What I’ve been thinking about most since the symposium is the power of audio. As Michelle Rayner, Executive Producer of ABC Radio National’s history program Hindsight said, radio is undergoing a renaissance in the age of the podcast. The possibilities for using radio and audio for history teaching, story-telling and for connecting with the public are enormous. History programming on radio is no longer the ephemeral thing of the past, once heard, often forgotten (unless of course you had your tape recorder at the ready to record a program…)
Dr Siobhan McHugh’s presentation during the Radio Panel in particular evoked the power of audio. She argued her case for the need to connect emotionally as well as intellectually with an audience using the medium she is so passionate about. We heard clips from radio documentaries she’d made about the Snowy Hydro scheme, with the rich variety of voices and accents of the Scheme’s workers; from Beagle Bay, which featured the voices of a child of the stolen generation, and one of the Irish nuns who cared for the children. Siobhan’s excerpt from Marrying Out reminded me of stories my Mum has told me of growing up Catholic in small-town NSW. But the most powerful piece for me was an excerpt from a program about Vietnam, in which an army nurse described cradling a soldier as he died. It took enormous self-control not to dissolve into tears in the midst of the symposium. I suspect I wasn’t alone in that.
This experience took me back to a lecture that the late great Dr Tom Stannage delivered in my first-year Australian history course at UWA in 1988. I will never forget the recording he played of Aboriginal women describing the day their children were taken from them, talking about how the children’s footprints remained on the sandy ground of their huts long after they were gone. It was the most powerful lecture I have ever attended—of course that has to do with the lecturer’s skill, and the emotive subject matter, but it was the voices of those mothers that remain with me to this day.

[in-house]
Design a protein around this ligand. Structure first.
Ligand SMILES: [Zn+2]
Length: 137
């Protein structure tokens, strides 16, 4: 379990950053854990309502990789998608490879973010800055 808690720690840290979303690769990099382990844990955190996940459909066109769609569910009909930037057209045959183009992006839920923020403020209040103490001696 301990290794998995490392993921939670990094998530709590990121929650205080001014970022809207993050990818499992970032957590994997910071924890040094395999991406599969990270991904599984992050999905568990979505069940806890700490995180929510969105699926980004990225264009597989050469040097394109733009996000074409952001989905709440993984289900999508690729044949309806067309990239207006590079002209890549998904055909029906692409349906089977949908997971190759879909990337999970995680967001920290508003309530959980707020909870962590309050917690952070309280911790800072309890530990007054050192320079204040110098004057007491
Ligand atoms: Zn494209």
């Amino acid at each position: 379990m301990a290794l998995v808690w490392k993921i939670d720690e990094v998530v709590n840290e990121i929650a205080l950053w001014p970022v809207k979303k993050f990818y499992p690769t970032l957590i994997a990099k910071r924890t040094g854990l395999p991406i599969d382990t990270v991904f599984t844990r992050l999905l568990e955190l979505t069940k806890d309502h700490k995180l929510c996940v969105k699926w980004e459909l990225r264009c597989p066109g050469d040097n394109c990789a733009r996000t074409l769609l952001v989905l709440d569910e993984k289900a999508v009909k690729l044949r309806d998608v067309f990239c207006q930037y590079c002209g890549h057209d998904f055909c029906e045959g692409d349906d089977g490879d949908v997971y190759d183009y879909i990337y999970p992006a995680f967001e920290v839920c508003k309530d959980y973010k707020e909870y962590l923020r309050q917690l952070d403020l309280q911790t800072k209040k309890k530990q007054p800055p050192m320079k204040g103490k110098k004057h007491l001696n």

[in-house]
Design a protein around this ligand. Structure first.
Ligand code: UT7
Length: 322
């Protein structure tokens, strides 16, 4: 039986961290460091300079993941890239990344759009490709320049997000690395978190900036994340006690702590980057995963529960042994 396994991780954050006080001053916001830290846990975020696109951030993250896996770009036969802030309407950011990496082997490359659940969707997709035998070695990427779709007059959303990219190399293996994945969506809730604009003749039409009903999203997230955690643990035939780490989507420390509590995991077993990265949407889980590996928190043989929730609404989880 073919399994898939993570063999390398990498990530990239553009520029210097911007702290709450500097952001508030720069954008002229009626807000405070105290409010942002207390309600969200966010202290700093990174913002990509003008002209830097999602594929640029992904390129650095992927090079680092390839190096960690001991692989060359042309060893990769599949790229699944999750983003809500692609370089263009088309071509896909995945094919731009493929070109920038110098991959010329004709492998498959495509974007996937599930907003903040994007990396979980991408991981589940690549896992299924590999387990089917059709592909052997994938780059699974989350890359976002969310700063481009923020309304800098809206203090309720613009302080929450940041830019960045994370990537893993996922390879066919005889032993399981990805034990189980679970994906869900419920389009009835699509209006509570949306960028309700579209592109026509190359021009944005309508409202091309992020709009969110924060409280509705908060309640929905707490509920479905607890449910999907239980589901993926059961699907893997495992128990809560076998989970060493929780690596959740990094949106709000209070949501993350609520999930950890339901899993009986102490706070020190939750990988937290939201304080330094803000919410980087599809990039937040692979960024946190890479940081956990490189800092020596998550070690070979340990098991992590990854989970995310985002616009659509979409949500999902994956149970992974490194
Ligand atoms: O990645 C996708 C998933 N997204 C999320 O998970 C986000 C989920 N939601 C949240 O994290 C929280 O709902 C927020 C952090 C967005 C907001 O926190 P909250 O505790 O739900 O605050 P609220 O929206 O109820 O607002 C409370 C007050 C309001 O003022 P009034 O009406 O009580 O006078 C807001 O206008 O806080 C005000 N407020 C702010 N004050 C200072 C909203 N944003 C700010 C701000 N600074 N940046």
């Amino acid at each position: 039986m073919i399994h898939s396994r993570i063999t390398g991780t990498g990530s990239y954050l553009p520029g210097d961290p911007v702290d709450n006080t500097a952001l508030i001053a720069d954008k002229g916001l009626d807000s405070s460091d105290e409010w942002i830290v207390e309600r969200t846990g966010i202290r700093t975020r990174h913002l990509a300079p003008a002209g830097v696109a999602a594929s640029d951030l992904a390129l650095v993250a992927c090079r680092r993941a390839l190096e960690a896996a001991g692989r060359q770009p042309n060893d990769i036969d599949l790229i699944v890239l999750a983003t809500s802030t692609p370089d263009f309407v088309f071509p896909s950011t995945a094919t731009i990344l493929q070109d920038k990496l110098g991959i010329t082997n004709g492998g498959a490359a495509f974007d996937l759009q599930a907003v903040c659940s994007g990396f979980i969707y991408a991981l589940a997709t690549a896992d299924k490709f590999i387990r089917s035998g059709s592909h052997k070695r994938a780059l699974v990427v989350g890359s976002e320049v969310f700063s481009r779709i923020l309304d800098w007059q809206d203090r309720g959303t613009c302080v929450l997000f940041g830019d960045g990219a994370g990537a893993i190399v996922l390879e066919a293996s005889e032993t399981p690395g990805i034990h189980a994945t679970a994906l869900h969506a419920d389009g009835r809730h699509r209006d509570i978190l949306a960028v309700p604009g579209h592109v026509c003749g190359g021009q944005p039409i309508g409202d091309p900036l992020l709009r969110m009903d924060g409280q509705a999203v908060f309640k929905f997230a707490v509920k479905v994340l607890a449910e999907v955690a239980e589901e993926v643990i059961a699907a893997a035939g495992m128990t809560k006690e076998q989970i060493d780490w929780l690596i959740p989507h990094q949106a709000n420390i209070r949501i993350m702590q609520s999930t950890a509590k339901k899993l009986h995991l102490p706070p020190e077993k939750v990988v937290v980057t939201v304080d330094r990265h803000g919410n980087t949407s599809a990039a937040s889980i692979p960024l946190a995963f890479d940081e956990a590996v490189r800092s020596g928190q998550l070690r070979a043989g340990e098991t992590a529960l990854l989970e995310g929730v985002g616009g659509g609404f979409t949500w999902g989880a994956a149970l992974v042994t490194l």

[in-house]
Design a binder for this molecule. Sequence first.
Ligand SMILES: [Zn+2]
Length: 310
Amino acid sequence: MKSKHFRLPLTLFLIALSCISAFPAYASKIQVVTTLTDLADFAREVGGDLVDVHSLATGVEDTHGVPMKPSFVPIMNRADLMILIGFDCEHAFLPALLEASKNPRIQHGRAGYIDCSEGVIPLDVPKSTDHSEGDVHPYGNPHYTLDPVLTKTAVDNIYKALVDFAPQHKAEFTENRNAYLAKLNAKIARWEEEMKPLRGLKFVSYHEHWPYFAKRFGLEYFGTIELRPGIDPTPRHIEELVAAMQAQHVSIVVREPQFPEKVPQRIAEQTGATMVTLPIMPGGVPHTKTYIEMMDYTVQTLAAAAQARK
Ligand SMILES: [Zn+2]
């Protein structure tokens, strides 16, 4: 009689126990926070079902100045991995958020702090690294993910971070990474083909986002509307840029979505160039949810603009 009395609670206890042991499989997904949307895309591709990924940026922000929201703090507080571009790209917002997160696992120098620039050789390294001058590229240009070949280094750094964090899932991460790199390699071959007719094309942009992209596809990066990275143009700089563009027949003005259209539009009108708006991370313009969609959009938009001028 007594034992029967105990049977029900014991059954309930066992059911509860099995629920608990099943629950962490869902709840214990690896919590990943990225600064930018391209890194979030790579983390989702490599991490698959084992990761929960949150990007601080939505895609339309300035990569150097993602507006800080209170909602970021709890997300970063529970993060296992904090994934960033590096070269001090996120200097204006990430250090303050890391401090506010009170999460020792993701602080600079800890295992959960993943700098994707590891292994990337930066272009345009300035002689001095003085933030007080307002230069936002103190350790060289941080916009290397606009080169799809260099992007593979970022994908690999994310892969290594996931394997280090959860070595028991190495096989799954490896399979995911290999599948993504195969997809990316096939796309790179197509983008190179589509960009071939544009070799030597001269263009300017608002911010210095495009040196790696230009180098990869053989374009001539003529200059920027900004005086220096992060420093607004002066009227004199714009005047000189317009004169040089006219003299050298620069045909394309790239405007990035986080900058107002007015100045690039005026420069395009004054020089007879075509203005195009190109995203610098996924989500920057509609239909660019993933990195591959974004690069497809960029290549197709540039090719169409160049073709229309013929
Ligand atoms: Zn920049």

Attending the Symposium reminded me I hadn’t listed to Hindsight for a while, so I listened yesterday to The Catalpa Escape, which aired about a month ago. My connection with that story and the hold it has over me is probably the subject of another blogpost, but hearing the voices in that audio as they discussed a story I so love gave me goosebumps. Historians can reach different people in different ways, for me audio seems to evoke a deep-seated response… Surely the aim of any public history project.
Out of Work: A VC’s Relief
In 2012 Professor Bruce Scates gave an interesting interview about ANZAC Day: http://www.abc.net.au/classic/content/2012/04/20/3480525.htm Listening it to again got me thinking about what ANZAC Day means, how it’s commemorated, and how that commemoration has evolved over time.
Prof Scates mentioned a soldier who had been awarded a Victoria Cross after Gallipoli, but returned from war a pacifist. Hugo Throssell’s VC was recommended for “most conspicuous gallantry” during operations on the Kaiajik Aghala (Hill 60) at Gallipoli. On his return to Australia, he was invited to open a war memorial but shocked the attendees by proceeding to advocate pacifism in his keynote speech. I was intrigued, having grown up in WA I’d never heard of Throssell. A quick search of Trove took me to this article about his return to WA— subtitled “Out of work, but never so pleased to lose a job in my life.” http://nla.gov.au/nla.news-article37605106 The journalist hoped Throssell would share his story in public…that he did in a way.
Throssell was a well-connected West Australian. He was the son of a former Premier, and married to the novelist Katharine Susannah Pritchard. A war hero, he was destined to remain in the public eye. Perhaps post-war Perth wasn’t quite ready for his message. Sadly, Throssell took his own life in 1933. Like many veterans he struggled with the physical and psychological scars of war, never really recovering.
As Prof Scates said, ANZAC day is a day of remembering. But it’s not just the ‘conspicuously brave’, or those who died on the battlefield that we should remember. It is the myriad of stories, with twists and turns like Throssell’s, that comprise the ANZAC tradition. Lest we forget.
My first #TroveTuesday post…and I’m sticking to family history.